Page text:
NEWS & PRESS RELEASES

Statement from Kidney Care Partners on the Center for Medicare & Medicaid Services’ Proposed Changes to Medicare Advantage

February 7, 2020

Washington, DC — In response to the Centers for Medicare & Medicaid Services’ (CMS) announcement on proposed changes to the Medicare Advantage (MA) program, Kidney Care Partners (KCP) reiterated its strong support for action to provide Medicare beneficiaries with kidney failure – or end-stage renal disease (ESRD) — with access to MA plans. However, KCP members are concerned that the proposals in the Calendar Year 2021 and 2022 MA and Part D Proposed Rule, and the second part of the Advance Notice Call Letter, would create barriers to individuals with ESRD being able to select which Medicare benefit is best for them. KCP stands ready to assist the Administration in addressing these concerns to ensure that the intent of the Congress is implemented.

As part of the 21st Century Cures Act, Congress expanded access to MA allowing Medicare beneficiaries with ESRD to enroll in MA plans beginning next year. While the Proposed Rule and Call Letter implement this new policy that expands patient choice, some of the proposed policy discussion related to “network adequacy” could result in MA no longer being a practical option for patients who require dialysis three times a week to live.

Patients who require dialysis asked the Congress to expand access to MA plan for many reasons. For example, many MA plans offer more advanced care coordination activities, which have been shown to produce improved health outcomes for dialysis patients and reduce overall health care costs for these patients and their insurers. KCP appreciates that the Administration recognizes the importance of care coordination and supports its Sprint to Coordinated Care.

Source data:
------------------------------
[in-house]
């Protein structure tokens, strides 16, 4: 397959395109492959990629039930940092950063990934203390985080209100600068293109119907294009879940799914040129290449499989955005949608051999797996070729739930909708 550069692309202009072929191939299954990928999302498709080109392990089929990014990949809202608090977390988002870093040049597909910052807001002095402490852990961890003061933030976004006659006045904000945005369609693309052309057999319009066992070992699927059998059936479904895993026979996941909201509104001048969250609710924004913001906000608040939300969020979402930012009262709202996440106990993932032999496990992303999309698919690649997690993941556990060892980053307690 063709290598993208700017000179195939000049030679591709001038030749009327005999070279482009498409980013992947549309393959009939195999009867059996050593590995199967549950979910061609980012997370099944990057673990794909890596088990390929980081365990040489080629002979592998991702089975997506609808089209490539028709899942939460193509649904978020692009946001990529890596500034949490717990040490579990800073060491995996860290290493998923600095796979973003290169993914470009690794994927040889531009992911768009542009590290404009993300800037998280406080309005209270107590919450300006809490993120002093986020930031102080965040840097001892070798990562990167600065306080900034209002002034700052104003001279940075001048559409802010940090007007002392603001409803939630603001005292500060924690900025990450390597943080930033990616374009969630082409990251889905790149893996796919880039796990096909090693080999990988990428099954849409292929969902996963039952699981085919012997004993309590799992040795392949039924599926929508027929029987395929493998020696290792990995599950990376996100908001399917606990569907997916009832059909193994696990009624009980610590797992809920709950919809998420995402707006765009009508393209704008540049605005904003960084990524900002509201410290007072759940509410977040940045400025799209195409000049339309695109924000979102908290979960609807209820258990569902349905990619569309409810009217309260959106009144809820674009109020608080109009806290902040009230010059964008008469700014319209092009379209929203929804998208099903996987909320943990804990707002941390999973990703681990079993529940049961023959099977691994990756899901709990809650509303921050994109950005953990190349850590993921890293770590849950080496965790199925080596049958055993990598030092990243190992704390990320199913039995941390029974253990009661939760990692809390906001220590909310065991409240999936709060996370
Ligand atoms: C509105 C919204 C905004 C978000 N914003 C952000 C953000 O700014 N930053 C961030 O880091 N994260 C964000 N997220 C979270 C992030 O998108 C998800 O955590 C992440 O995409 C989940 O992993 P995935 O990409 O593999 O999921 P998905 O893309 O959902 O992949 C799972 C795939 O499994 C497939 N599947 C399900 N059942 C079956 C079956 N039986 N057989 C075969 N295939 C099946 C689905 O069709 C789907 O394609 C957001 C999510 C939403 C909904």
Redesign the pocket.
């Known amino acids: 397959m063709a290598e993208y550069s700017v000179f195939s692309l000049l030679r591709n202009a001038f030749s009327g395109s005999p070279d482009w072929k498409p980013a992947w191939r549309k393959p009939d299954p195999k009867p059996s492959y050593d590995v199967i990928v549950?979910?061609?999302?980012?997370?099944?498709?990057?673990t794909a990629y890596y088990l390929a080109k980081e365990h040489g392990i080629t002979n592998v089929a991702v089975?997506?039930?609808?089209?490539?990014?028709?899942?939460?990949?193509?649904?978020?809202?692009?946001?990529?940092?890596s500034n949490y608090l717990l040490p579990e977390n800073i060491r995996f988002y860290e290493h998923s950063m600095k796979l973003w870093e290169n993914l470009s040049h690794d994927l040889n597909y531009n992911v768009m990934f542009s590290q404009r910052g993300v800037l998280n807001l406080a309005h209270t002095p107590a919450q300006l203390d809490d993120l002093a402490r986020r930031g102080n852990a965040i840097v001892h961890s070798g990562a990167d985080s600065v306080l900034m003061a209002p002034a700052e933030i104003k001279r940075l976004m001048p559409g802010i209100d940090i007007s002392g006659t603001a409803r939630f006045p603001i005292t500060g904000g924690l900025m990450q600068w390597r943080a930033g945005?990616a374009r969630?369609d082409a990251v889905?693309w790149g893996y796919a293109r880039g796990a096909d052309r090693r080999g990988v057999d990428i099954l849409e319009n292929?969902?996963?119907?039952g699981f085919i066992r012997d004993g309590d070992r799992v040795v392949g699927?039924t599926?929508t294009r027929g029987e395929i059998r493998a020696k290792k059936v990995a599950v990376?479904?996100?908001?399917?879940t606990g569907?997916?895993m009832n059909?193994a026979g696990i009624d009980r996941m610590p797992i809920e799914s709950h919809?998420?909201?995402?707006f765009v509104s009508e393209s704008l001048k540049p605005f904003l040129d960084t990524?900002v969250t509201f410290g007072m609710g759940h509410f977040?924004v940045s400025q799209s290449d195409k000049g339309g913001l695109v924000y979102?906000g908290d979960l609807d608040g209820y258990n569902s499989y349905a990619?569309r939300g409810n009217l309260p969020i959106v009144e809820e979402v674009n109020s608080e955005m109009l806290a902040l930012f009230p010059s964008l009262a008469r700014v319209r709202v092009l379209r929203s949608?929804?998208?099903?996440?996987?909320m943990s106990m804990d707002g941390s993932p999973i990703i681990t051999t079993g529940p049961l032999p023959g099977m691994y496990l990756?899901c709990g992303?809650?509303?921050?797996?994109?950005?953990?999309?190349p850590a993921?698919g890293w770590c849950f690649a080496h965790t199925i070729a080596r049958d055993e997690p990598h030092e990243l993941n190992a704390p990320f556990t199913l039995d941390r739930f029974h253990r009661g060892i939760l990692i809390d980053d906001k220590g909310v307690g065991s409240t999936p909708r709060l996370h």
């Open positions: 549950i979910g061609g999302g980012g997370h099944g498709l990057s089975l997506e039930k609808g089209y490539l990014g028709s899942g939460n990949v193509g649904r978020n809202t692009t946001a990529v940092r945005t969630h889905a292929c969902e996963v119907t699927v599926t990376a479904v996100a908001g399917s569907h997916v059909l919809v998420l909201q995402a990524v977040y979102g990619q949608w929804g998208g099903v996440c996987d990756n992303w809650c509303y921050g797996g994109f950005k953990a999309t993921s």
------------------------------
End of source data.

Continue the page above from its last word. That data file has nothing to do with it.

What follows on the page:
Unfortunately, the Proposed Rule and the Call Letter seek comments related to network adequacy standards that MA plans must follow. The proposed changes provide more flexibility to plans, but unfortunately also mean that individuals with ESRD will not have in-network access to the providers they need. If finalized as proposed, these policies would thwart the intention of Congress in expanding MA and ultimately eliminate patient choice.

KCP and its members are reviewing closely the proposed payment rates to ensure that the rates are adequate to cover the cost of treatment. The Medicare Fee for Service (FFS) dialysis payment rate has long been underfunded and this problem continues through the calculation of the MA payment rate. It is important that CMS address the underlying problem of the PPS FFS and make sure the MA rates are adequate so that the problem is not transferred to the FFS program as well. Given that disproportionate role that Medicare has in covering Americans with kidney disease and kidney failure, it is Medicare’s obligation to make sure that reimbursement rates support the life-saving services these patients require.

KCP remains committed to helping the Administration achieve the goals of Advancing Kidney Care in America and will continue to work constructively with CMS and Members of Congress to advance our mutual goal of improving the lives of individuals living with kidney disease, kidney failure and transplants, which includes providing dialysis patient access to MA plans.

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